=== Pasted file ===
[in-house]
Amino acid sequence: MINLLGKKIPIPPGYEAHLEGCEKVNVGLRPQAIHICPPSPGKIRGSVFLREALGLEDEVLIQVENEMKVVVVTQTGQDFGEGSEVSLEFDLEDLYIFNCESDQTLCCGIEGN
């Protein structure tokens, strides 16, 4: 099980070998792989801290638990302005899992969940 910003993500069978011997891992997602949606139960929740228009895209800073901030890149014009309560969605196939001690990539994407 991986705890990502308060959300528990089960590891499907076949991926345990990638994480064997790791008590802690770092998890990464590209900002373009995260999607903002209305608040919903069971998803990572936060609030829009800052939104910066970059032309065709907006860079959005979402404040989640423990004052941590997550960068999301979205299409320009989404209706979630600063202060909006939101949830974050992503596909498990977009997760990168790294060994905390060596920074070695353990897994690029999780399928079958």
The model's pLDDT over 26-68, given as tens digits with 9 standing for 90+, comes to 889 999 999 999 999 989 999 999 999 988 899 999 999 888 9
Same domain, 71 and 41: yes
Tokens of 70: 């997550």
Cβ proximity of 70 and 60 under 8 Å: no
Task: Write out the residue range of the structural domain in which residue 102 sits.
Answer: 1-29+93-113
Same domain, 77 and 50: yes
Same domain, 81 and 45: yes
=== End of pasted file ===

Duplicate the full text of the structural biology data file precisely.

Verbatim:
[in-house]
Amino acid sequence: MINLLGKKIPIPPGYEAHLEGCEKVNVGLRPQAIHICPPSPGKIRGSVFLREALGLEDEVLIQVENEMKVVVVTQTGQDFGEGSEVSLEFDLEDLYIFNCESDQTLCCGIEGN
């Protein structure tokens, strides 16, 4: 099980070998792989801290638990302005899992969940 910003993500069978011997891992997602949606139960929740228009895209800073901030890149014009309560969605196939001690990539994407 991986705890990502308060959300528990089960590891499907076949991926345990990638994480064997790791008590802690770092998890990464590209900002373009995260999607903002209305608040919903069971998803990572936060609030829009800052939104910066970059032309065709907006860079959005979402404040989640423990004052941590997550960068999301979205299409320009989404209706979630600063202060909006939101949830974050992503596909498990977009997760990168790294060994905390060596920074070695353990897994690029999780399928079958």
The model's pLDDT over 26-68, given as tens digits with 9 standing for 90+, comes to 889 999 999 999 999 989 999 999 999 988 899 999 999 888 9
Same domain, 71 and 41: yes
Tokens of 70: 């997550």
Cβ proximity of 70 and 60 under 8 Å: no
Task: Write out the residue range of the structural domain in which residue 102 sits.
Answer: 1-29+93-113
Same domain, 77 and 50: yes
Same domain, 81 and 45: yes